What you need to know about OMB's 394-page report on defense cuts.
- By Gordon AdamsGordon Adams is a Professor of International Relations at the School of International Service, American University and a Distinguished Fellow at the Stimson Center. From 1993-97 he was the senior White House budget official for national security.
Well, the new report from the Office of Management and Budget on "sequestration" is out. And, though it will generate lots of coverage, it says almost nothing. Basically, what OMB has done is to dodge the political bullet by producing a dry and minimal analysis of what across-the-board budget cuts would look like — without saying which specific programs would feel the most pain.
This document is not going to satisfy the highly politicized rants that John McCain, Buck McKeon, and the defense industry have been making for months — complete with defense-plant road show — about how bad the sequester would be for our national security. But they didn’t have the specific cannon balls they wanted to fire at the administration; that is, they did not have enough information to say that the sequester would close a certain plant or halt a given production line, thereby showing what jobs might be lost in what valuable political territory. They hoped the report would provide them with that ammo. Instead, it offers them a matchbox, at the most.
Basically, by saying only, as it did, that the Pentagon faces a 9.4 percent drop in funding, the administration is arguing "we need more time" — time that will probably last until January — to go through all the "programs, projects, and activities" that would be affected by across-the-board cuts. For now, it provided an Excel spreadsheet, at the level of budget accounts, about how much funding would be cut that might affect specific programs.
The difference is simple: Programs, projects, and activities are specific things, like F-35 fighters and Stryker vehicles and destroyers. The funding for these items is aggregated and therefore buried in broader accounts, like Air Force aircraft procurement, Army wheeled and tracked combat vehicles, and Navy shipbuilding. Instead of providing the program-level data, OMB provided the account-level data. Doesn’t tell you much about which programs would be affected or how.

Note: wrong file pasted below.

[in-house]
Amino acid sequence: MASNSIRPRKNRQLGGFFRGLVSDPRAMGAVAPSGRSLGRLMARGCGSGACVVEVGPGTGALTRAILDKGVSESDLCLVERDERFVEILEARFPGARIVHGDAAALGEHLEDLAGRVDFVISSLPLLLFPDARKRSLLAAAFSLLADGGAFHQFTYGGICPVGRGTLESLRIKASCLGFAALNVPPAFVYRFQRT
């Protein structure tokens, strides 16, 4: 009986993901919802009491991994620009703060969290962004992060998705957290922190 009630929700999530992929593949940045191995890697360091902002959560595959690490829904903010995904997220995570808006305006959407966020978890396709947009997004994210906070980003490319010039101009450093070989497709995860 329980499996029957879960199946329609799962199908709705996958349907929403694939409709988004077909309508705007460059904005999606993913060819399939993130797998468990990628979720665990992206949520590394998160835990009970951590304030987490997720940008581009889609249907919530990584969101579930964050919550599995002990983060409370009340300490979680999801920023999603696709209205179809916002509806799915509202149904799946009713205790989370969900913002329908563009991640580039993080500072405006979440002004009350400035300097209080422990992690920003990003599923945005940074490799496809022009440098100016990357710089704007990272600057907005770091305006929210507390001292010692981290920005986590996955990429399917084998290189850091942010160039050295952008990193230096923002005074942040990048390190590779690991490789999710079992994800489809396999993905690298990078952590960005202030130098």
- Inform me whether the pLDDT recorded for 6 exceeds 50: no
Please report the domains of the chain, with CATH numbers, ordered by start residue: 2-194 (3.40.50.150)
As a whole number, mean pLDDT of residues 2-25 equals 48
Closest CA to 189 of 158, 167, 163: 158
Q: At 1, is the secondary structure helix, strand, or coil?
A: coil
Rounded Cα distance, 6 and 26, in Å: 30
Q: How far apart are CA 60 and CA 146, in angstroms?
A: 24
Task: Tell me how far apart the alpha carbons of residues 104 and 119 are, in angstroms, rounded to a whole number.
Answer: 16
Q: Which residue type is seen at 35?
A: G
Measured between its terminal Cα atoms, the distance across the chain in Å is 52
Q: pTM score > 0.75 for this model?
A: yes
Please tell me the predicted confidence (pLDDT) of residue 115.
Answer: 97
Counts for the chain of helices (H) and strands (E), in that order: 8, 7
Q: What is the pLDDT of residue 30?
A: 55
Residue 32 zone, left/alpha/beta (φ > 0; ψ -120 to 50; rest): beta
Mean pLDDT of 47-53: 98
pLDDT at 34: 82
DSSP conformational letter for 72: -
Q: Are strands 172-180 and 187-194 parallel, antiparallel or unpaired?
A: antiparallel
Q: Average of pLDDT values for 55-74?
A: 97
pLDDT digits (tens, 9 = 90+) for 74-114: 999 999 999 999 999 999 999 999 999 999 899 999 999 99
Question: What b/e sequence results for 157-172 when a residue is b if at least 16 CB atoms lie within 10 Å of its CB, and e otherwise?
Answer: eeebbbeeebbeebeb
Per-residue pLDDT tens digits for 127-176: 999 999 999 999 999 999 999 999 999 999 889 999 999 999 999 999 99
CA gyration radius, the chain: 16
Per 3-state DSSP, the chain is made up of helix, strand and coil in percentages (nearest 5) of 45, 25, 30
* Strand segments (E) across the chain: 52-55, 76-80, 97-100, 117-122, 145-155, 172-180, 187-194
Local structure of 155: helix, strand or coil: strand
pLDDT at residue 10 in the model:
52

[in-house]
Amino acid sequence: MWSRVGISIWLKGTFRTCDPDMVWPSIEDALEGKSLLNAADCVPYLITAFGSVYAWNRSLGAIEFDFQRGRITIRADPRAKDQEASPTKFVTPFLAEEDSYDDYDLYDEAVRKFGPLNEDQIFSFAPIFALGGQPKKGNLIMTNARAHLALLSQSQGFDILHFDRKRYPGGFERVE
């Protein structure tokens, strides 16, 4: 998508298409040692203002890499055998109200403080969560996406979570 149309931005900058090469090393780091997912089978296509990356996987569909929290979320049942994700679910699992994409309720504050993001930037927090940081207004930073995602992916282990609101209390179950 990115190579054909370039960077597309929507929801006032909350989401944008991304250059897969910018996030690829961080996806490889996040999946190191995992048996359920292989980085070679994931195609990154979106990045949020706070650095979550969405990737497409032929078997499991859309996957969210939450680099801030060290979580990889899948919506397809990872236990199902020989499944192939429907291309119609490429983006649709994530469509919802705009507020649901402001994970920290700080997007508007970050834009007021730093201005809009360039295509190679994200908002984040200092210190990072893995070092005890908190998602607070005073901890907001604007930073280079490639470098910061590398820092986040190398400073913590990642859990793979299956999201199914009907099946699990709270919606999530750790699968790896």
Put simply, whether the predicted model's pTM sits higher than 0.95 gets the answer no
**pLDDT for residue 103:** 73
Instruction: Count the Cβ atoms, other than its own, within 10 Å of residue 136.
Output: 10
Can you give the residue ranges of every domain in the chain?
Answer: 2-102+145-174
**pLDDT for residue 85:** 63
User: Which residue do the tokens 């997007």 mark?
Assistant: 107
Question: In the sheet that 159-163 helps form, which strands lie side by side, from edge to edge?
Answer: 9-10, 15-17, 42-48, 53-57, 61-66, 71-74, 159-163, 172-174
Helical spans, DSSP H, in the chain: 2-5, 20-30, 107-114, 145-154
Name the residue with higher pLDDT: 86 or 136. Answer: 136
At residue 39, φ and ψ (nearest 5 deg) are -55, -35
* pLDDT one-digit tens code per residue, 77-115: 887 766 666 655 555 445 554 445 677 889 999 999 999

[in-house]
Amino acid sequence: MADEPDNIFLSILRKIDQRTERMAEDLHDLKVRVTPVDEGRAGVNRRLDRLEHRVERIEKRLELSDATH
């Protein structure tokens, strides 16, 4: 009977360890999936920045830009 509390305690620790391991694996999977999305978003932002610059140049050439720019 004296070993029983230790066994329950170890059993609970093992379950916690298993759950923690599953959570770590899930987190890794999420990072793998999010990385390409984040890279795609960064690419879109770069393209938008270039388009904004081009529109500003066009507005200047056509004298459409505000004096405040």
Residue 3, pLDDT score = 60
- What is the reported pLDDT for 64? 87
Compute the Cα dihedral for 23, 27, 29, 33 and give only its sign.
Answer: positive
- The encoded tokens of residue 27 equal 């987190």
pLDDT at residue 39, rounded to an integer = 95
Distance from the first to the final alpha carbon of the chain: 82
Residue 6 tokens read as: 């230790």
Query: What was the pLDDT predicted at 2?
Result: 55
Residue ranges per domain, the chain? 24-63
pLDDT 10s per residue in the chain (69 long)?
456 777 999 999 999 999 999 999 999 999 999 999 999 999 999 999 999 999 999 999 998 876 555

There may be some merit to the report’s claim that 30 days was not enough time to produce this level of detail, though doing so is pretty cut-and-dried in defense. But it is safe to assume that the decisions about the report and what it contained were made at a high level in the White House. (I have been told by one source that the Defense Department supplied the numbers but did not see the final draft. And why would they need to? A kid with a calculator could run these numbers.) And on Pennsylvania Avenue, politics certainly prevails, as seems to be the case with the OMB report.
Why would the White House want to provide such a highly aggregated analysis? For the same reason the congressional Republicans want the detail: politics. The administration is doing a good job of seizing the high ground on national security; the Republicans are desperately looking for a foothold, and a sequester looks like one to them.
This is not about defense, really. It is a political shadow play about a sequester in the middle of an election, set up more than a year ago when the Budget Control Act was passed and the deadline for cuts was set for after the election.
A sequester for defense, the report says, as for all of the government, would be a disaster. There are a few of us around who think that cutting $50 billion out of defense next year is actually possible, properly managed, and at no price at all to U.S. national security.
There are even ways to manage a sequester of 9.4 percent of the Department of Defense’s resources, should it happen. Pentagon data show, for example, that DOD has reprogrammed more than $20 billion in funds in six of the last nine years — nearly $50 billion in FY 2008 alone — meaning that every year there are billions of unneeded and unused dollars in various programs. And, should a sequester happen, OMB could use its authority to apportion funds in a way that deferred the overall impact of cuts into the third and fourth quarters of next fiscal year, giving the political system time to fix the problem (which has happened in previous sequesters). Moreover, because the defense industry is working off current contracts (unaffected by the sequester) and because new funds spend out slowly, the impact on the private sector will be nothing like what Lockheed CEO Bob Stevens has been screaming about for months. Really, the sequester would hit the Pentagon’s civilian work force more than anyone else — but nobody is screaming about that.
So the report makes it hard to specify what Armageddon looks like. But that is unlikely to stop the politics around this issue. Some in Congress and Republicans in the campaign want to make some hay here, so they will doubtless give the administration witnesses who are appearing next week before the House Armed Services Committee a hard time about this report. Expect the administration to continue to duck. They want attention to a deal here, but not until after the election.